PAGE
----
Misbah, Smith praise Younus for “fighting knock” that helped draw first Pak-SA Test

Wednesday, November 17, 2010

ISLAMABAD - Pakistan Test captain Misbah-ul-Haq and his South African counterpart, Graeme Smith, have hailed Younus Khan’s brilliant hundred which helped Pakistan salvage a fighting draw in the first Test on Tuesday.

“Younus is a world class player and he proved his worth with a fighting knock… The result is a gift for the fans back home celebrating Eid,” the ICC website quoted Misbah, as saying.

“He (Younus) is a wonderful team man and his knock helped us draw this Test, also giving us the boost in confidence for the next Test,” the Pakistan skipper said of the final Test starting in Abu Dhabi from November 20.

On the fifth day of the Test match, Pakistan resumed on 109-2 and needed to bat out 90 overs. 32-year-old Younus came to his team’s rescue, as he remained unbeaten on 131 to guide Pakistan to safety on the final day at the Dubai Stadium.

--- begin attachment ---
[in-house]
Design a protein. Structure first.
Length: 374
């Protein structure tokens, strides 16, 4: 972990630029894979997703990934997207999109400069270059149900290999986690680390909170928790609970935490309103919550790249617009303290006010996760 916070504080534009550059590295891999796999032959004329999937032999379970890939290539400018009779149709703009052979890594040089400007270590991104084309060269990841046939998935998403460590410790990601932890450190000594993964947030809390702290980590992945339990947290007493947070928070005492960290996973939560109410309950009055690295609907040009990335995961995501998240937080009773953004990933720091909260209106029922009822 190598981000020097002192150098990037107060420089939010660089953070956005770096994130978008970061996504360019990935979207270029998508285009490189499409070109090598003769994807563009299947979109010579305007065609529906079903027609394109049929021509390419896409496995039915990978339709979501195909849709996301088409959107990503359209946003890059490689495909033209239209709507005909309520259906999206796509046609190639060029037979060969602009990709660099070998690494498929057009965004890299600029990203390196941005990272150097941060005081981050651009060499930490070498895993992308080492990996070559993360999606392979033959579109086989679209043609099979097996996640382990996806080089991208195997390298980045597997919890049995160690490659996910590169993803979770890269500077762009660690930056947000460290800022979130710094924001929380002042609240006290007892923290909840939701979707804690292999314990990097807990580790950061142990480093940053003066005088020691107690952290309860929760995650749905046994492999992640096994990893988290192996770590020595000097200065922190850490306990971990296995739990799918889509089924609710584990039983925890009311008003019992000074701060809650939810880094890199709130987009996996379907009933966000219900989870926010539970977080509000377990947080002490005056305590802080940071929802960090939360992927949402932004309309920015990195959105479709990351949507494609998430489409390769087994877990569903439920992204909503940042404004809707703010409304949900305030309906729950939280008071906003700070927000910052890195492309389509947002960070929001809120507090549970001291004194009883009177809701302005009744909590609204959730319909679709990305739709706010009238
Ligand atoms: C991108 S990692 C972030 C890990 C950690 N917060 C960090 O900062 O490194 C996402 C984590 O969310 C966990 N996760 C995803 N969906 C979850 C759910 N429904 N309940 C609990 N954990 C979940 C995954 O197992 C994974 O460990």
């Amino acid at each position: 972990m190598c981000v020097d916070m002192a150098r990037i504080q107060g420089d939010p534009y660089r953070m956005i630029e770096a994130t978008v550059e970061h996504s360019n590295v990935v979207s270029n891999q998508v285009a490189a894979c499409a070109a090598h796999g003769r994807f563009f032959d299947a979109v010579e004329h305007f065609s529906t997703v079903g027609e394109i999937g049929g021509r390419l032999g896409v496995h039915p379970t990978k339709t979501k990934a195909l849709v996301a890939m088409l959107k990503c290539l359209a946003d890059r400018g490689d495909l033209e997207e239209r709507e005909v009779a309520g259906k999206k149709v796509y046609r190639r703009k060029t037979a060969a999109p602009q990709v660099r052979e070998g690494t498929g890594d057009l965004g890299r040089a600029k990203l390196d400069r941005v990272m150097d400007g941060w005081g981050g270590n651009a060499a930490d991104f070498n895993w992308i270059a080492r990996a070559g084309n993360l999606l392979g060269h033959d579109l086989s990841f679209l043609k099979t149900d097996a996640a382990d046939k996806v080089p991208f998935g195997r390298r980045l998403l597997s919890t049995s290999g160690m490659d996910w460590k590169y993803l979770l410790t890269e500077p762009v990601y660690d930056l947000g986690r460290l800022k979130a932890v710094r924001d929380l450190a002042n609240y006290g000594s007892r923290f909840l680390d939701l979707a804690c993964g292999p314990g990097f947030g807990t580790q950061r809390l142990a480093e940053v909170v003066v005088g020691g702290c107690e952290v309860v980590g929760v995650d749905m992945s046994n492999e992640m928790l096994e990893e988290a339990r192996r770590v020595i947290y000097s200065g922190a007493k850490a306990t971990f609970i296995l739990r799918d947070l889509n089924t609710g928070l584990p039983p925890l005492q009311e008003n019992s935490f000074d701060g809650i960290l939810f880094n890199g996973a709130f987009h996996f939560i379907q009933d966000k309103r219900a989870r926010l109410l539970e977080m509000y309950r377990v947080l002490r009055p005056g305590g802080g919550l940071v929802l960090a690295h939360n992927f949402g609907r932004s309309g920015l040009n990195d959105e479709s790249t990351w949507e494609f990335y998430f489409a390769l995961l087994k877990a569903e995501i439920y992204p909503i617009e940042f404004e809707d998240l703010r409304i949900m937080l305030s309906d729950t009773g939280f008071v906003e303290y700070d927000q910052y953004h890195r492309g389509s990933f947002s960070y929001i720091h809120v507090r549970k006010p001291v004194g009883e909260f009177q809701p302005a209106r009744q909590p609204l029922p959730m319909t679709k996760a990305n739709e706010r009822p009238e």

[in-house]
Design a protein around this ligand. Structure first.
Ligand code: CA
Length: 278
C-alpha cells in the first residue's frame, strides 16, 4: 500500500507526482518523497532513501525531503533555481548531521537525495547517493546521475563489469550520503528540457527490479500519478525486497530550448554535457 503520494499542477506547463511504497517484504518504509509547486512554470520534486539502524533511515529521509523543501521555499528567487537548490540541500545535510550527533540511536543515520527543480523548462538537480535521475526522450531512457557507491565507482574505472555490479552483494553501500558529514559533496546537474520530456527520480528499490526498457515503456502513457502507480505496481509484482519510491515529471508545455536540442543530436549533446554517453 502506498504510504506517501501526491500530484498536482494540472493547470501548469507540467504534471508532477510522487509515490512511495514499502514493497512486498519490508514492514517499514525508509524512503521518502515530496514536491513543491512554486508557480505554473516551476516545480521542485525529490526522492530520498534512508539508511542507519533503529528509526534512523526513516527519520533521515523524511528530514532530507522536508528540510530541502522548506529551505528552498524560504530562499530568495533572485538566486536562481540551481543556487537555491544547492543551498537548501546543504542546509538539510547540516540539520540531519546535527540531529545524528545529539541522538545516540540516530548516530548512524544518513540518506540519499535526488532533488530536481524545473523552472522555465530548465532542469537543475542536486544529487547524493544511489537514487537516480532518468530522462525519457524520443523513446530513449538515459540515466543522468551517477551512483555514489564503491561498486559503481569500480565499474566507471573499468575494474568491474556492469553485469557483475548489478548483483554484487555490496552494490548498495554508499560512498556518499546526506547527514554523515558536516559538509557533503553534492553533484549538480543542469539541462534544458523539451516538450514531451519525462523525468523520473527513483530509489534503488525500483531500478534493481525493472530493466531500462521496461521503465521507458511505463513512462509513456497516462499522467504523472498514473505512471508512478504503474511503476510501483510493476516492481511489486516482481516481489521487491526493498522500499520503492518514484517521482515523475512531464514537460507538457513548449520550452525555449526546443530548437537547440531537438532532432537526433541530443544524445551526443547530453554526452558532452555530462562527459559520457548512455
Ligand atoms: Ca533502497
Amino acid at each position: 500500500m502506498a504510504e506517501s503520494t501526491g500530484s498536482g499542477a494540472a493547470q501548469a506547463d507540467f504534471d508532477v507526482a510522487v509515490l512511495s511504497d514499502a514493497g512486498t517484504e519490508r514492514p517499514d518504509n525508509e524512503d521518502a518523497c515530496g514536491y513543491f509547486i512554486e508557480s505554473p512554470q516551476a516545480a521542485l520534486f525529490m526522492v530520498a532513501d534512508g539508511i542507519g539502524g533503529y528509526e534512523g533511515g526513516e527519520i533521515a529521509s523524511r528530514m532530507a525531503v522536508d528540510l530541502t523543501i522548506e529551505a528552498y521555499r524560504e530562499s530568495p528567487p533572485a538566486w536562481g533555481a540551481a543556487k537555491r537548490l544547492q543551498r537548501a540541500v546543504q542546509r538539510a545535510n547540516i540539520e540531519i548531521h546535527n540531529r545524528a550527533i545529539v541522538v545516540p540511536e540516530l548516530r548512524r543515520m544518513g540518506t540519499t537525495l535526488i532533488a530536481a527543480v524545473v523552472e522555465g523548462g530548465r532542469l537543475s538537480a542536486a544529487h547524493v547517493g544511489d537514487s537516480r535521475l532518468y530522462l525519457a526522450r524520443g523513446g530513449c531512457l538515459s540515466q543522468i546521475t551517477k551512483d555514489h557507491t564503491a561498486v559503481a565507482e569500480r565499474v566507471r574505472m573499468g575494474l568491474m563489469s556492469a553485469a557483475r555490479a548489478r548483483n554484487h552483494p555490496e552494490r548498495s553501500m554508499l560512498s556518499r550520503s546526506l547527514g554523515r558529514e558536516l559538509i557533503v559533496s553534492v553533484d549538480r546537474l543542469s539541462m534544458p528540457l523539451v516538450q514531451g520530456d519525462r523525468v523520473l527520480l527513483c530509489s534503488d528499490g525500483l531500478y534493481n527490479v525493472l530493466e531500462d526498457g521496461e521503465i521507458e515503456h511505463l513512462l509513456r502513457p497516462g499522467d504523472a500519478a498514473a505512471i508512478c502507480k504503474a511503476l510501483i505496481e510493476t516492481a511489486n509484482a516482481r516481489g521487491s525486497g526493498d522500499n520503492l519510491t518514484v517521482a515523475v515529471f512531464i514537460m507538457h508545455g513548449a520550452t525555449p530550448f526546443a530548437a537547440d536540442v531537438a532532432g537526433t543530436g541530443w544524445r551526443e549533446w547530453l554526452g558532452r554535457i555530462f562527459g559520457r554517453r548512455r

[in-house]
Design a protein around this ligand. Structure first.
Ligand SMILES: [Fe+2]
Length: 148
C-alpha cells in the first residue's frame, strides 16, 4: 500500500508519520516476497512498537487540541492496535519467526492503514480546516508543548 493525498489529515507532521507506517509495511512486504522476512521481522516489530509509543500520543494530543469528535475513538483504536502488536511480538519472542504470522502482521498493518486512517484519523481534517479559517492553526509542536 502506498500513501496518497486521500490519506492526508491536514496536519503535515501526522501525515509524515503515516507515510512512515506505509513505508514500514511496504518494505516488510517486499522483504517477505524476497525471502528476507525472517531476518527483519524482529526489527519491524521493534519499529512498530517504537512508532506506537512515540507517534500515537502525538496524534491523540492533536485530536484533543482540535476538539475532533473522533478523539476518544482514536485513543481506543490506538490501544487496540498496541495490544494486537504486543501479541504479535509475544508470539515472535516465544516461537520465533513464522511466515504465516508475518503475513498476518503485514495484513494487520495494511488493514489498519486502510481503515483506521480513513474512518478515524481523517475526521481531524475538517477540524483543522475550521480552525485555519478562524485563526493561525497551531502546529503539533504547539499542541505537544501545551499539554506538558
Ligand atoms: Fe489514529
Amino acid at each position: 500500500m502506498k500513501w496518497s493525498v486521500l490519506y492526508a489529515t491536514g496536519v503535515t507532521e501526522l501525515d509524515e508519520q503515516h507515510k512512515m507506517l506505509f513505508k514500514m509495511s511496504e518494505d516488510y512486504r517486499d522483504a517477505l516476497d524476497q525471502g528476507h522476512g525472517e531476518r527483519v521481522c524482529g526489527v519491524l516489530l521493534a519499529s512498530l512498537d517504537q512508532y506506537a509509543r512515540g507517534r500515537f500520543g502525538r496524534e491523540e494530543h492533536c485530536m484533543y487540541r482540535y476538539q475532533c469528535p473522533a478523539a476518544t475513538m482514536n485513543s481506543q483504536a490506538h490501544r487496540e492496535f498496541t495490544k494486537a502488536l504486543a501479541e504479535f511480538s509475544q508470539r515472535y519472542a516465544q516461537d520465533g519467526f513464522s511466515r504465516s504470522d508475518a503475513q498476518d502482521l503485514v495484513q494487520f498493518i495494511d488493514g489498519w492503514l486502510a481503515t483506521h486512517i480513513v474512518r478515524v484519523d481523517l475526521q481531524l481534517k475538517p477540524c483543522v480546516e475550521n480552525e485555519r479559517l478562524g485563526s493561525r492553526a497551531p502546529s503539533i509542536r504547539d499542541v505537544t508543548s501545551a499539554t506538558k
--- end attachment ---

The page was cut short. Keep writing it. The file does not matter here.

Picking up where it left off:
“We knew it’s going to be tough, but we remained positive and to our advantage there was nothing in the pitch for the bowlers,” said Misbah of the track at the Dubai Stadium, hosting a Test for the first time.

With little support from the pitch, the Proteas were also sloppy in the field, dropping three catches- two off Younus and one off Misbah- which skipper Smith regretted.

“Unfortunately, we missed a few chances which probably put us on the backfoot. Once Younus Khan especially got in, he batted superbly well. Credit to him for his knock,” said Smith, referring to Younus’ hundred- his 17th in Tests.

“I guess we are a little bit disappointed we couldn’t close it off, but it was always going to be a big push I think. The wicket got a lot slower as the game went on and we knew it would be tough to get them out,” he added.

However, the South African skipper refused to criticise the pitch. “I think the wicket, for the groundsman and everybody, was a bit of an unknown thing, how it would play. We even chatted with the groundsman and even he wasn’t sure how it would play over five days,” he said.

“It just seemed to get slower and more difficult for bowlers to get response out of it. I think once a batter got settled and got used to the pace of the wicket. Hopefully there will be more on offer for the bowlers in Abu Dhabi,” Smith added. (ANI)

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